Solid-liquid mixtures are encountered in a wide variety of industrial processes, leading to a great deal of interest within the research community in trying to predict and characterise such flows. Classical slurry-flow research has centred on investigating coarse particle laden flows where an understanding of stratification and pressure drop is vital in the design and operation of such processes. In contrast, the conveyance of fine or colloidal sized material requires different control parameters. Here, stratification of the sediment and pressure gradients during transportation are overshadowed by the rheological influences that begin to dominate during abnormal operation or during a system shutdown. Colloidal suspensions are strongly influenced by strong particle-particle interaction forces which operate in the system; these interactions govern both stable dispersions and the bulk behaviour of a sediment bed. The DLVO theory (Deryagin-Landau and Verwey-Overbeek) describes the total interaction energy between two spherical particles in a dispersion through the superposition of all the relevant repulsive and attractive forces. Here we are interested in analysing the behaviour of sediment beds under different conditions where the strength of the attractive and repulsive forces vary such that we may have strongly repulsive or strongly attractive systems. These systems are analysed in terms of their rheological, sedimentation, re-suspension and bed consolidation characteristics.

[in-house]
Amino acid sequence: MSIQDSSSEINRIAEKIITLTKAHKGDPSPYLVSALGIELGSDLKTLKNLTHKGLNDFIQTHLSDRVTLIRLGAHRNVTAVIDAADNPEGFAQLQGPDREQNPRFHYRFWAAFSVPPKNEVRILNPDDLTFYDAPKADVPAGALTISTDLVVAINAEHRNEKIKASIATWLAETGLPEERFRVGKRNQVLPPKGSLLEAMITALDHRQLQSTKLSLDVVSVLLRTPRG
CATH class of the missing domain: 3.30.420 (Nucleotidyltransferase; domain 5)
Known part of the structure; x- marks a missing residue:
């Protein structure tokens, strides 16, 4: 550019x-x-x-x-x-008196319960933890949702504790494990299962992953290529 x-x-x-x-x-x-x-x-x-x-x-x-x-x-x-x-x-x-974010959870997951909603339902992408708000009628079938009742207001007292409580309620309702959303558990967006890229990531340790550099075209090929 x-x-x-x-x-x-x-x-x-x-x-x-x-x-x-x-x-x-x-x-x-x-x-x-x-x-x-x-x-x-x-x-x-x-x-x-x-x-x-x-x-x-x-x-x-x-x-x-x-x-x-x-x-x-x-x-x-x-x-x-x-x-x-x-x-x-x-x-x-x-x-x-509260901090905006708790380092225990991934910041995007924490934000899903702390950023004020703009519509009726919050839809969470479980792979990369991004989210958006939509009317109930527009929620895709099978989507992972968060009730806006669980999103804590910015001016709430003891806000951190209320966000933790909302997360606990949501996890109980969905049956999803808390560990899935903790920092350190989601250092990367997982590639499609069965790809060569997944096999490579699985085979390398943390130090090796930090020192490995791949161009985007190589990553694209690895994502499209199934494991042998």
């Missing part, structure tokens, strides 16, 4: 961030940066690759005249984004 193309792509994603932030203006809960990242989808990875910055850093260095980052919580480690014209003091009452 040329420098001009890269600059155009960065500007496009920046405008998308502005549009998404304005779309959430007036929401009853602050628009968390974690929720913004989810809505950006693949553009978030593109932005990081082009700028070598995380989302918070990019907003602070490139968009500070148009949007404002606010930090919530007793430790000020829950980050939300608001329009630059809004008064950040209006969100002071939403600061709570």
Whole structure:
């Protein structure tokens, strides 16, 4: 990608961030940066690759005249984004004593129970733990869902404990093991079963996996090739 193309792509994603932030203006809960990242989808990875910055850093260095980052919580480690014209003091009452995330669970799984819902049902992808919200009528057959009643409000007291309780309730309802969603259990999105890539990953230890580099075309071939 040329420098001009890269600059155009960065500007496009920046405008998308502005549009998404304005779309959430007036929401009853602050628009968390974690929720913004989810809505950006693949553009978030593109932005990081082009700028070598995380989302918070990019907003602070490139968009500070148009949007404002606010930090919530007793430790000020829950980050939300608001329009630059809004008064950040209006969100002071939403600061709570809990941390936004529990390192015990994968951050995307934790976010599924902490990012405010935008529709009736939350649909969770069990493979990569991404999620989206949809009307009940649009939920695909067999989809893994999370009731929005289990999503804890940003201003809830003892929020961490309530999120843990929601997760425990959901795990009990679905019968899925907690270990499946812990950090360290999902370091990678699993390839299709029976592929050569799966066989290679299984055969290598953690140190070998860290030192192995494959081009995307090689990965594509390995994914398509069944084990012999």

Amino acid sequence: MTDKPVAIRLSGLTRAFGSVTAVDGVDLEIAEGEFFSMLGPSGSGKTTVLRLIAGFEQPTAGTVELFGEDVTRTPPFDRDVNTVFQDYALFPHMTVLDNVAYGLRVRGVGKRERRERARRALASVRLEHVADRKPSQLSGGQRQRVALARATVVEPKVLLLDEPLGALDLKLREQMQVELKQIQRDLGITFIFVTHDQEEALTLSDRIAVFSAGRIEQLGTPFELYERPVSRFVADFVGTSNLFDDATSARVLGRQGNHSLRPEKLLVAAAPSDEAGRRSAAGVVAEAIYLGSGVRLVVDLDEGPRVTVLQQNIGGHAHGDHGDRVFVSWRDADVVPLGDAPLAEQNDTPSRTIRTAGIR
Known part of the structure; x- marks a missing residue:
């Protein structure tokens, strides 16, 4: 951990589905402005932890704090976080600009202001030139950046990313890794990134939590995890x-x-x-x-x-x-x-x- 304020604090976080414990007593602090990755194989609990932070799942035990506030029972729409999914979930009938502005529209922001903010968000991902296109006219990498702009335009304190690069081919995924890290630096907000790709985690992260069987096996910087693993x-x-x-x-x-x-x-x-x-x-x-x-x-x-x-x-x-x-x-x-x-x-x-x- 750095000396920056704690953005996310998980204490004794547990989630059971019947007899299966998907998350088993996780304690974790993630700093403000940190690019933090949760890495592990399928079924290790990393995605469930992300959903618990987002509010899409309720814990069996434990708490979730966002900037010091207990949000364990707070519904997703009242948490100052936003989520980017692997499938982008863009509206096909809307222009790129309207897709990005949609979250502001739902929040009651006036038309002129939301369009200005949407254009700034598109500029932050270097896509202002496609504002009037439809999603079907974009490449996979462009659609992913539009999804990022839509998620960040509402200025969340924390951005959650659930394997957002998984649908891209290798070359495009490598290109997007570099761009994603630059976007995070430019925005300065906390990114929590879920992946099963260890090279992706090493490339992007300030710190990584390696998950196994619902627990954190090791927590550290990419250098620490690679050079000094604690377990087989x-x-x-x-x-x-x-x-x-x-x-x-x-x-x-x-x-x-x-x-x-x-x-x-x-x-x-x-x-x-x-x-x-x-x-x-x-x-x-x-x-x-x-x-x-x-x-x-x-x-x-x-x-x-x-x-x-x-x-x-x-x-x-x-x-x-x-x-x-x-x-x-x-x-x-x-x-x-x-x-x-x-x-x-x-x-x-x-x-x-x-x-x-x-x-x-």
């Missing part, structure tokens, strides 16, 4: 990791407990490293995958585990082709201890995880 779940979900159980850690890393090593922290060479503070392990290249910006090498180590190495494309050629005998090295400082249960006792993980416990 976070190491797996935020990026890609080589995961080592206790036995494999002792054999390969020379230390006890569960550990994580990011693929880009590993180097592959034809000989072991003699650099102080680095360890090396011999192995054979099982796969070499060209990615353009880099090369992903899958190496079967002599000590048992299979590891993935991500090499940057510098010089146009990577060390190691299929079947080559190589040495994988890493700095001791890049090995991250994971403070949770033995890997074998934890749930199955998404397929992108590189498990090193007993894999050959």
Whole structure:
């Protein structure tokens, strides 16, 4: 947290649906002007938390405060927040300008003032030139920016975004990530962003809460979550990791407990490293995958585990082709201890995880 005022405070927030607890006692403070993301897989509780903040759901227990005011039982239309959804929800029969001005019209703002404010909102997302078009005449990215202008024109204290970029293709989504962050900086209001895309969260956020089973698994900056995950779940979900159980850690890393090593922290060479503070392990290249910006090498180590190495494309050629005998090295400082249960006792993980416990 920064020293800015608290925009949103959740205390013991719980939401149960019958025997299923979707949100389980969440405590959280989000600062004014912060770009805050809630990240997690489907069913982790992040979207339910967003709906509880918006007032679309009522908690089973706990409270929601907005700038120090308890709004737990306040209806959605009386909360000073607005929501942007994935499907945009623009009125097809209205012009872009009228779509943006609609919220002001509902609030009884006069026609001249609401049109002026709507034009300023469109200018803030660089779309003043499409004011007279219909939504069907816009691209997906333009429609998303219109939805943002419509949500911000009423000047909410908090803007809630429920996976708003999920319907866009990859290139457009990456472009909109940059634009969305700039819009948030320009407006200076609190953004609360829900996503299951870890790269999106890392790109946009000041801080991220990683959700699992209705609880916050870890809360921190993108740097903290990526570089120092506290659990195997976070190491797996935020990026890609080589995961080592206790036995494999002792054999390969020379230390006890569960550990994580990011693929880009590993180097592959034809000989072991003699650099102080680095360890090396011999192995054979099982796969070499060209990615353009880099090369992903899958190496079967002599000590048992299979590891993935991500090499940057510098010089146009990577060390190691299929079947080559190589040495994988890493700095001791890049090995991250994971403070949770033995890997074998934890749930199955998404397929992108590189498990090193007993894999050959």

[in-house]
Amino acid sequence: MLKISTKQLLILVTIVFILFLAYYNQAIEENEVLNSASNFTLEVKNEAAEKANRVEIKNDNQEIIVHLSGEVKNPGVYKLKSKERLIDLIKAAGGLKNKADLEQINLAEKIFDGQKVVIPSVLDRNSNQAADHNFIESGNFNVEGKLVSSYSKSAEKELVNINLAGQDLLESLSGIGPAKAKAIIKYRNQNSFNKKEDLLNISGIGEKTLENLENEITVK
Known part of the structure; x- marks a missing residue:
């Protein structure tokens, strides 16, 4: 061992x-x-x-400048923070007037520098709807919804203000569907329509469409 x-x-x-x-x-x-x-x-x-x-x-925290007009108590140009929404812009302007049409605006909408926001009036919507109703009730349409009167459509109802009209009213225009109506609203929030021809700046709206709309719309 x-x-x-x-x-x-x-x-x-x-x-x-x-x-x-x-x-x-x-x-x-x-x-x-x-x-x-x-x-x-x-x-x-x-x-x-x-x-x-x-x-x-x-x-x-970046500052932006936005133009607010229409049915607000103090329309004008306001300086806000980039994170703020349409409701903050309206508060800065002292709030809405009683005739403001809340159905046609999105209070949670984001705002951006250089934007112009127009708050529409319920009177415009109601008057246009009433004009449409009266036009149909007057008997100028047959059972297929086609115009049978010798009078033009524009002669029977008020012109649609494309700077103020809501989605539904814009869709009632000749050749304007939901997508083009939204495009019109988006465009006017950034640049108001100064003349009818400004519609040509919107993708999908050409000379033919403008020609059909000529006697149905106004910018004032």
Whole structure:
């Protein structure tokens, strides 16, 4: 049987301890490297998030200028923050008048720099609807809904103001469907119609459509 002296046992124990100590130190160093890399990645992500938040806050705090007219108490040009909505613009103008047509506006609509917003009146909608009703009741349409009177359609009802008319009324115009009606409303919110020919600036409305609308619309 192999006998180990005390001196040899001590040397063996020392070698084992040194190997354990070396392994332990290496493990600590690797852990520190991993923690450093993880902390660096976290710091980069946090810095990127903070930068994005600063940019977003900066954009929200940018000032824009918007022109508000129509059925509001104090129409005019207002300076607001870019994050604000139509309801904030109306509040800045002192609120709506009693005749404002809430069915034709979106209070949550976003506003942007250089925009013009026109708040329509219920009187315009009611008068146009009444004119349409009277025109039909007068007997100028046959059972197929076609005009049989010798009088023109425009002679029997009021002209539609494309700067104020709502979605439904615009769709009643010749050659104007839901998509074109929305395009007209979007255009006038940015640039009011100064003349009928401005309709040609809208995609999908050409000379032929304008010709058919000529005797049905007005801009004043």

|Publication status||Published - 1 Dec 2006|
|Event||2006 AIChE Spring National Meeting - 5th World Congress on Particle Technology - Orlando, FL, United States|
Duration: 23 Apr 2006 → 27 Apr 2006
|Conference||2006 AIChE Spring National Meeting - 5th World Congress on Particle Technology|
|Period||23/04/06 → 27/04/06|